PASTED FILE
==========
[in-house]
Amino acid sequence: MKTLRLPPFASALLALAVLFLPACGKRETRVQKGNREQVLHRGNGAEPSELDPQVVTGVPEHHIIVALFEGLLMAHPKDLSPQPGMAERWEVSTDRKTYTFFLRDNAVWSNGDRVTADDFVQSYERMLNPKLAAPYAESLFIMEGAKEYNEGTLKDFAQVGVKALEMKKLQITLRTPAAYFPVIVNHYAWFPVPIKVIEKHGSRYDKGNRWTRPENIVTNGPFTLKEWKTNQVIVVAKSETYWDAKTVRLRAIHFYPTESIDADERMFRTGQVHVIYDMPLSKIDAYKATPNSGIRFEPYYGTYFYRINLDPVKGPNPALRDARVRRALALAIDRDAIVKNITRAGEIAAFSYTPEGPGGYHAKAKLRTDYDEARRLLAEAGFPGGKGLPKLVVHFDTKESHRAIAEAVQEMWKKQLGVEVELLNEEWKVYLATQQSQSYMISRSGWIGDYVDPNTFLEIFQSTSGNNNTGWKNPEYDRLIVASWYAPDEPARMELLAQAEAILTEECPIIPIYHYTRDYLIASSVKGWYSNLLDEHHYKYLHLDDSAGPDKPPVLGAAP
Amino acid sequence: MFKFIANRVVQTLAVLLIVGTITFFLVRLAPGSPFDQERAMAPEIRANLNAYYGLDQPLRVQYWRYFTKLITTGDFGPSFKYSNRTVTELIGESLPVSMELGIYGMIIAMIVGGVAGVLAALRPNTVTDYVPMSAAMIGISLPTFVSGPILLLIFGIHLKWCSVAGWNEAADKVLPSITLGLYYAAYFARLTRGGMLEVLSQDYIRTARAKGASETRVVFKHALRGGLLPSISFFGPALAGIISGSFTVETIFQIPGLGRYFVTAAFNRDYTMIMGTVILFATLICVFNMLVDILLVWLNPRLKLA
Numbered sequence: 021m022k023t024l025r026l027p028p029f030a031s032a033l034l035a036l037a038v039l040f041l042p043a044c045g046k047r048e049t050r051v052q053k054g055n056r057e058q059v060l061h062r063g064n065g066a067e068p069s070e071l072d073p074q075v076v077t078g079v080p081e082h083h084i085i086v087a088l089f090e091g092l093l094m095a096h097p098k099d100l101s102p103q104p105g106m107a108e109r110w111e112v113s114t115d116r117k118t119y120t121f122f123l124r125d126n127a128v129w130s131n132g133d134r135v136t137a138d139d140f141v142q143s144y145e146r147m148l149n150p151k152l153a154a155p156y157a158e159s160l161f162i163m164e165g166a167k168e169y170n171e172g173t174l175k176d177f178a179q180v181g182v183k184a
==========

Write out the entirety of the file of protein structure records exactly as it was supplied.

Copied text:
[in-house]
Amino acid sequence: MKTLRLPPFASALLALAVLFLPACGKRETRVQKGNREQVLHRGNGAEPSELDPQVVTGVPEHHIIVALFEGLLMAHPKDLSPQPGMAERWEVSTDRKTYTFFLRDNAVWSNGDRVTADDFVQSYERMLNPKLAAPYAESLFIMEGAKEYNEGTLKDFAQVGVKALEMKKLQITLRTPAAYFPVIVNHYAWFPVPIKVIEKHGSRYDKGNRWTRPENIVTNGPFTLKEWKTNQVIVVAKSETYWDAKTVRLRAIHFYPTESIDADERMFRTGQVHVIYDMPLSKIDAYKATPNSGIRFEPYYGTYFYRINLDPVKGPNPALRDARVRRALALAIDRDAIVKNITRAGEIAAFSYTPEGPGGYHAKAKLRTDYDEARRLLAEAGFPGGKGLPKLVVHFDTKESHRAIAEAVQEMWKKQLGVEVELLNEEWKVYLATQQSQSYMISRSGWIGDYVDPNTFLEIFQSTSGNNNTGWKNPEYDRLIVASWYAPDEPARMELLAQAEAILTEECPIIPIYHYTRDYLIASSVKGWYSNLLDEHHYKYLHLDDSAGPDKPPVLGAAP
Amino acid sequence: MFKFIANRVVQTLAVLLIVGTITFFLVRLAPGSPFDQERAMAPEIRANLNAYYGLDQPLRVQYWRYFTKLITTGDFGPSFKYSNRTVTELIGESLPVSMELGIYGMIIAMIVGGVAGVLAALRPNTVTDYVPMSAAMIGISLPTFVSGPILLLIFGIHLKWCSVAGWNEAADKVLPSITLGLYYAAYFARLTRGGMLEVLSQDYIRTARAKGASETRVVFKHALRGGLLPSISFFGPALAGIISGSFTVETIFQIPGLGRYFVTAAFNRDYTMIMGTVILFATLICVFNMLVDILLVWLNPRLKLA
Numbered sequence: 021m022k023t024l025r026l027p028p029f030a031s032a033l034l035a036l037a038v039l040f041l042p043a044c045g046k047r048e049t050r051v052q053k054g055n056r057e058q059v060l061h062r063g064n065g066a067e068p069s070e071l072d073p074q075v076v077t078g079v080p081e082h083h084i085i086v087a088l089f090e091g092l093l094m095a096h097p098k099d100l101s102p103q104p105g106m107a108e109r110w111e112v113s114t115d116r117k118t119y120t121f122f123l124r125d126n127a128v129w130s131n132g133d134r135v136t137a138d139d140f141v142q143s144y145e146r147m148l149n150p151k152l153a154a155p156y157a158e159s160l161f162i163m164e165g166a167k168e169y170n171e172g173t174l175k176d177f178a179q180v181g182v183k184a